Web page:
I’ve been pretty fortunate in recent years to have had some really awesome neighbors. I’m talking 1950’s style, “Good morning neighbor!” type neighbors. All that’s missing is the newspaper in the driveway and some pastel-colored 50’s Chevy convertible.
But, for as good as it’s been in recent years, I’ve had some really interesting run-ins in the past. For example, I once came home from work to see that my neighbors had chickens running around their yard. I’m not talking about one or two, but close to a dozen chickens clucking and walking throughout the backyard. I’d like to also take this time to point out that this wasn’t some farmland in the middle of Jackson or Plumstead, but instead your regular old suburban community. You know, just with chickens.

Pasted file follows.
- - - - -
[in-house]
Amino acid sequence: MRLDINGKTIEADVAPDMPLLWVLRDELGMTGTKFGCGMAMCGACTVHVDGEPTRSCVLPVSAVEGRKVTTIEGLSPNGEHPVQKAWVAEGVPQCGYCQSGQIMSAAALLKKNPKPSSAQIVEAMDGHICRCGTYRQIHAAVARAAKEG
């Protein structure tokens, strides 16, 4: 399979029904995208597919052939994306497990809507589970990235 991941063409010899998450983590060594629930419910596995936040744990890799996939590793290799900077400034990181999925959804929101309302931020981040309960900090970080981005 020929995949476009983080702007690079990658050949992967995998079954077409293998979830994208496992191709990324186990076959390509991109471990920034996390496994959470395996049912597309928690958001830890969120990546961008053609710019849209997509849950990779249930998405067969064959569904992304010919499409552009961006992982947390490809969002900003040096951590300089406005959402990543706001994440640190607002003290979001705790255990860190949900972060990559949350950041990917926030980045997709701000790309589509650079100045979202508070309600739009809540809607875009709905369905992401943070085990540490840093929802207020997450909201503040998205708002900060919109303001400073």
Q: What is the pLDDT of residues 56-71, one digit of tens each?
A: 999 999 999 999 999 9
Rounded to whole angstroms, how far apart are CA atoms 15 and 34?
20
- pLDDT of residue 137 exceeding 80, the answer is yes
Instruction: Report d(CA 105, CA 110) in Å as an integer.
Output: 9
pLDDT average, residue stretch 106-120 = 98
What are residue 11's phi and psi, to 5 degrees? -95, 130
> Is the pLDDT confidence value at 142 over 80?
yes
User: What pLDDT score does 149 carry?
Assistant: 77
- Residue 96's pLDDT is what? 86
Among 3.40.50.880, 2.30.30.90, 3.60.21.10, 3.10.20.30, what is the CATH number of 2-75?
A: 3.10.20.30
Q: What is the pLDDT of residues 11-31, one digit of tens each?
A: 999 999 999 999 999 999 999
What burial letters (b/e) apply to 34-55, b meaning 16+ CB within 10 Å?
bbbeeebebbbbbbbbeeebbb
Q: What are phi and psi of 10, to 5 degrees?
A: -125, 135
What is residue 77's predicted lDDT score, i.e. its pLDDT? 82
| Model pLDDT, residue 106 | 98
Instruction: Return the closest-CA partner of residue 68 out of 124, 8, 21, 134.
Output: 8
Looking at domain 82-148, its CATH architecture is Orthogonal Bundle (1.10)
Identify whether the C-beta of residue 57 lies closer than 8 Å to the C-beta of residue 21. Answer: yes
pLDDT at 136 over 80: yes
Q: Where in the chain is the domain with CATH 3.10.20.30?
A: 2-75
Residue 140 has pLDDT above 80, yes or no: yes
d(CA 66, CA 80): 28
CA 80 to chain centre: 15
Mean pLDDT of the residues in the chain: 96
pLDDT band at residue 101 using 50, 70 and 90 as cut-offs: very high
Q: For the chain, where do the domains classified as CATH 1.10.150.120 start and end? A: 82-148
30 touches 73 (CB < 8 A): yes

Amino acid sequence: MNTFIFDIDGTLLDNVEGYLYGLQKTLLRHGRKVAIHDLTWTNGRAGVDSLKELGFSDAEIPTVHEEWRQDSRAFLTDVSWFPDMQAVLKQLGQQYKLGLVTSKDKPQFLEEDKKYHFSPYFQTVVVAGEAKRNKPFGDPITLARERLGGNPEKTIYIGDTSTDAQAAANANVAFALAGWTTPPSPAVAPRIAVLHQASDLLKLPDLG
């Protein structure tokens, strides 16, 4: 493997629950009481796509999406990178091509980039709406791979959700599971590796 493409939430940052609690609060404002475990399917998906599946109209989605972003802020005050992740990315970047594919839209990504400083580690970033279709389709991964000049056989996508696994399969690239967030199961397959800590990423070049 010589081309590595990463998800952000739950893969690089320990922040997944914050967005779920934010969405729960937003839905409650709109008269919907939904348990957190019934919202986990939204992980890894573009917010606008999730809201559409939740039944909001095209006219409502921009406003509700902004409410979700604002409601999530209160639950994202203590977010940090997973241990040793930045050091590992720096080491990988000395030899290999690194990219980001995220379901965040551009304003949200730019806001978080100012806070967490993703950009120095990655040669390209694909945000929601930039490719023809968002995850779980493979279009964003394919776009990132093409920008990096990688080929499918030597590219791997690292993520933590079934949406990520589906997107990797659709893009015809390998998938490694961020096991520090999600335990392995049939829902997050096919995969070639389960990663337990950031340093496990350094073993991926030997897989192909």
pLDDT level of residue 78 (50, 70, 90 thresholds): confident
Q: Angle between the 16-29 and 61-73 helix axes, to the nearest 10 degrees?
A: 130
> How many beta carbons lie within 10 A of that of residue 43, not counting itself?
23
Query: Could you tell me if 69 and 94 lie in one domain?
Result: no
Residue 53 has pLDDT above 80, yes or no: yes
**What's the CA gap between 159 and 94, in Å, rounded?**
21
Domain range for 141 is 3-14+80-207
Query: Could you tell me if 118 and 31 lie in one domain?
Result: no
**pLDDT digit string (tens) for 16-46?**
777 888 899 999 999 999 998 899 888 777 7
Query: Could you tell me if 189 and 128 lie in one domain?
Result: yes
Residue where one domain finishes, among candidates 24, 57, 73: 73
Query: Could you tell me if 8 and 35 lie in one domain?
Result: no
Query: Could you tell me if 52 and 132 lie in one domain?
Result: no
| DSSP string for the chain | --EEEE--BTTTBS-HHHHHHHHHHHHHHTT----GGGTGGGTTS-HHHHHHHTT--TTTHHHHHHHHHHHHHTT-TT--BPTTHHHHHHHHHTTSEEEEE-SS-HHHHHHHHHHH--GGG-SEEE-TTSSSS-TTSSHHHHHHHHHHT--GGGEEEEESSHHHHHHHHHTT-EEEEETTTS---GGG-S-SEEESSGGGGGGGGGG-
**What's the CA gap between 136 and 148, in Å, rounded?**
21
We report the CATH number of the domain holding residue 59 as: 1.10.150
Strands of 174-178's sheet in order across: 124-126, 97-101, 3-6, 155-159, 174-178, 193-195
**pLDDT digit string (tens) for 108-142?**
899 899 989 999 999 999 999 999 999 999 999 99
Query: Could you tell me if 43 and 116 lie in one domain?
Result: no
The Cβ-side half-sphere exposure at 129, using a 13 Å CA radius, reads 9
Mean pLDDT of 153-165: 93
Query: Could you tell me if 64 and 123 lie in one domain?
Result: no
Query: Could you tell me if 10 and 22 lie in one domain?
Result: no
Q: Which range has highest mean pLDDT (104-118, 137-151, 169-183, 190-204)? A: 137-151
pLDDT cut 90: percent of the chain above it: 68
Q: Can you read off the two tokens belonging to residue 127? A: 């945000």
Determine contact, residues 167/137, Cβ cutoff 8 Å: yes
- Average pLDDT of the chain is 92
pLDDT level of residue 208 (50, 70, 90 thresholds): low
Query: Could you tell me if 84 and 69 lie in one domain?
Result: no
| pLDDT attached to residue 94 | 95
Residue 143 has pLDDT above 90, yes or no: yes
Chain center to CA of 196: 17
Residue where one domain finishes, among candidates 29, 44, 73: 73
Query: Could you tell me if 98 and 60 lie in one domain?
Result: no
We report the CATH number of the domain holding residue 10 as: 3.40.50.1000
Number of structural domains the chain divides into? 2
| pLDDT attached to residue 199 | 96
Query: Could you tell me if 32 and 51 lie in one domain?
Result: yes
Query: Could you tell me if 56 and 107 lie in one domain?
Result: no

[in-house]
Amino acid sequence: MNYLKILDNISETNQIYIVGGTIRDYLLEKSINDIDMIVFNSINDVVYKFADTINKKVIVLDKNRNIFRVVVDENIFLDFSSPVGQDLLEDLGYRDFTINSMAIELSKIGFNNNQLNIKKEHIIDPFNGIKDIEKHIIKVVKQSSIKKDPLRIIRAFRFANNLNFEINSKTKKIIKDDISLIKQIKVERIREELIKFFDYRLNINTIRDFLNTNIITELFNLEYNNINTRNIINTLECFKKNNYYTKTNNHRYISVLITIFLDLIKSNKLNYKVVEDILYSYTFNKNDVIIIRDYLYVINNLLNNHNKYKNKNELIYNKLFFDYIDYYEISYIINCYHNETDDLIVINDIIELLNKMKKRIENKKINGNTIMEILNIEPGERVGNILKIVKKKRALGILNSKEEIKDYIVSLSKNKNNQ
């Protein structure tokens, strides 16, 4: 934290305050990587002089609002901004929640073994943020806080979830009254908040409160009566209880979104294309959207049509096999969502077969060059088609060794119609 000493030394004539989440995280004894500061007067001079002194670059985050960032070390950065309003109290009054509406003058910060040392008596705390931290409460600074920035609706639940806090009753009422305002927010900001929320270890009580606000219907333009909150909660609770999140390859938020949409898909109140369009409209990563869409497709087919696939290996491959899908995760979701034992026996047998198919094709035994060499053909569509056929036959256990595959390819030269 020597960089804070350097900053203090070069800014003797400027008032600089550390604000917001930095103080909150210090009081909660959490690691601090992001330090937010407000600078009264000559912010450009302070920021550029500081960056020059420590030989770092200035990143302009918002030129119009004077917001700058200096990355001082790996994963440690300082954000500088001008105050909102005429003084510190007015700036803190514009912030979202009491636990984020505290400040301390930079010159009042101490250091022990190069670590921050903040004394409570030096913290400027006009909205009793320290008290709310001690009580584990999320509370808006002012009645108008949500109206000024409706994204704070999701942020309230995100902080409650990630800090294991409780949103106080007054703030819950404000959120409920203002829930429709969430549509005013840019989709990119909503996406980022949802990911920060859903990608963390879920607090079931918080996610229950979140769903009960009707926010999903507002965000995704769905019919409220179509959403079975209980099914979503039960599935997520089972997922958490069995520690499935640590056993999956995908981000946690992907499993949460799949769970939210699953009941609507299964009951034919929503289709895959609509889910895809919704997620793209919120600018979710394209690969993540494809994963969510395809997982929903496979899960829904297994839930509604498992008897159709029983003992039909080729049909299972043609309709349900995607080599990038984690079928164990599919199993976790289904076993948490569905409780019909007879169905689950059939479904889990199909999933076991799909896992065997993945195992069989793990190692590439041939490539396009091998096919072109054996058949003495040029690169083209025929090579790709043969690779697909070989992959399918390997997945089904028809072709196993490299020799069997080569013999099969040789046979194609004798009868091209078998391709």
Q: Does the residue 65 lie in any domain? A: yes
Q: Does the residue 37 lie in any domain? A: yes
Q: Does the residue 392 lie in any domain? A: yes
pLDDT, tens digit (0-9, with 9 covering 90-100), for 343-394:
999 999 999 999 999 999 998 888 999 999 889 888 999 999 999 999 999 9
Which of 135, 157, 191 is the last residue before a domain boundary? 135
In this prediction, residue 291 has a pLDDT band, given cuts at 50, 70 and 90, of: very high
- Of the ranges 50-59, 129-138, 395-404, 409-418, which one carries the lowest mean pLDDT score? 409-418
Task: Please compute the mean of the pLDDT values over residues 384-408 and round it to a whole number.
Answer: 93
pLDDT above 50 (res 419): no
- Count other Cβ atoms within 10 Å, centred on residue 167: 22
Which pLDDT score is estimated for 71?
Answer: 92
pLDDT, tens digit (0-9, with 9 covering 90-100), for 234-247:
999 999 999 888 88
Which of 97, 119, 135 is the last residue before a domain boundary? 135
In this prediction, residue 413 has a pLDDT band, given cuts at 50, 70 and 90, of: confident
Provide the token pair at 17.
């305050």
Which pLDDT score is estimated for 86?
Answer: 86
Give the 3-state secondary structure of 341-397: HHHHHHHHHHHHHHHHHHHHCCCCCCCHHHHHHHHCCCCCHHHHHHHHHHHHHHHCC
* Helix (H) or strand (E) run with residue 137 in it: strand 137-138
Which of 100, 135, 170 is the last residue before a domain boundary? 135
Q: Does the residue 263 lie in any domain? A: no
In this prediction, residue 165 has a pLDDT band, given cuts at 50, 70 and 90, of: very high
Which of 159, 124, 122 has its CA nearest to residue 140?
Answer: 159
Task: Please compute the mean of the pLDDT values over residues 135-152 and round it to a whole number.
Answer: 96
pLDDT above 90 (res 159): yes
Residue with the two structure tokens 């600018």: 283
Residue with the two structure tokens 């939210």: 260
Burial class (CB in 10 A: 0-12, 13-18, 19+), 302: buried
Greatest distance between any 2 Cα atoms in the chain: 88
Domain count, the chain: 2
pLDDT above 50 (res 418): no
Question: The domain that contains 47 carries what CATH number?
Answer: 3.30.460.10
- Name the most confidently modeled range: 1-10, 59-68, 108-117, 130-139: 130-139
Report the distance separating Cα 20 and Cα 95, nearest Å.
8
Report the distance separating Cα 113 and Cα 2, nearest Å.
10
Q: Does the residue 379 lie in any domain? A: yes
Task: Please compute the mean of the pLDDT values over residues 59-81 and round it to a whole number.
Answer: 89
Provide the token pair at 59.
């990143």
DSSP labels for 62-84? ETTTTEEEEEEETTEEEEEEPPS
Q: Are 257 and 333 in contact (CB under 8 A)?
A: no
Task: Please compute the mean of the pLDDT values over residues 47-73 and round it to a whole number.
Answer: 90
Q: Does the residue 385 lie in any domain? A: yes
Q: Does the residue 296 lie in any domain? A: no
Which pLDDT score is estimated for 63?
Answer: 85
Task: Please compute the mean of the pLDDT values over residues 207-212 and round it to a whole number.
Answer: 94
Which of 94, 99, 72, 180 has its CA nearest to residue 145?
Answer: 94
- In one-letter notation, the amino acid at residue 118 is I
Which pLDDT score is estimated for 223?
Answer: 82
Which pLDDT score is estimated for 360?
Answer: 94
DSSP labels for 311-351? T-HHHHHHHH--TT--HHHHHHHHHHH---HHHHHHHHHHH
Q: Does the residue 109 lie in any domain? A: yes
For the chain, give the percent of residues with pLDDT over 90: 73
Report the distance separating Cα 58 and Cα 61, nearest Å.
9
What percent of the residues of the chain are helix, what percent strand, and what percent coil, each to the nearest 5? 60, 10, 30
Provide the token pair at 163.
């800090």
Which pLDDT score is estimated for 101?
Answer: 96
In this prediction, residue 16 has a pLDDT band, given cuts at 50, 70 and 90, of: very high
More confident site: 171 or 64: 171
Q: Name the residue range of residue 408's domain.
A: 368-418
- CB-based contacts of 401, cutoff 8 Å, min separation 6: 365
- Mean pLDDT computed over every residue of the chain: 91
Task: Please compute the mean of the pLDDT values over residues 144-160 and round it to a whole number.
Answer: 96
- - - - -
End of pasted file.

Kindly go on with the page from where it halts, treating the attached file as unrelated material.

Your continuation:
So, how do you handle something like this?
First, I tried reaching out to my neighbors, but they continued to deny that they even had chickens, even though with one glance over the fence the feathers hanging on each blade of grass were more than obvious. I almost want to congratulate them for their ability to keep a straight face while denying it.
All efforts to handle that one normally – assuming “normal” was even possible in that instance – ended with one call to the township.
There are of course other instances that have come and gone over the years. I’ve had neighbors throw trash into my yard, which I always collected in a bag, delivered to their front door, and kindly asked them to stop doing. And I even had a neighbor’s cat use my yard to conduct his business.
To be honest, the best way to approach your neighbors isn’t with anger, but with good intentions. I know it’s hard when you’re picking up trash, or see Garfield treat your yard like a litter box, but if you approach it with a smile on your face and treat it like a misunderstanding, you may soon find out that there’s no reason to blow things out of proportion.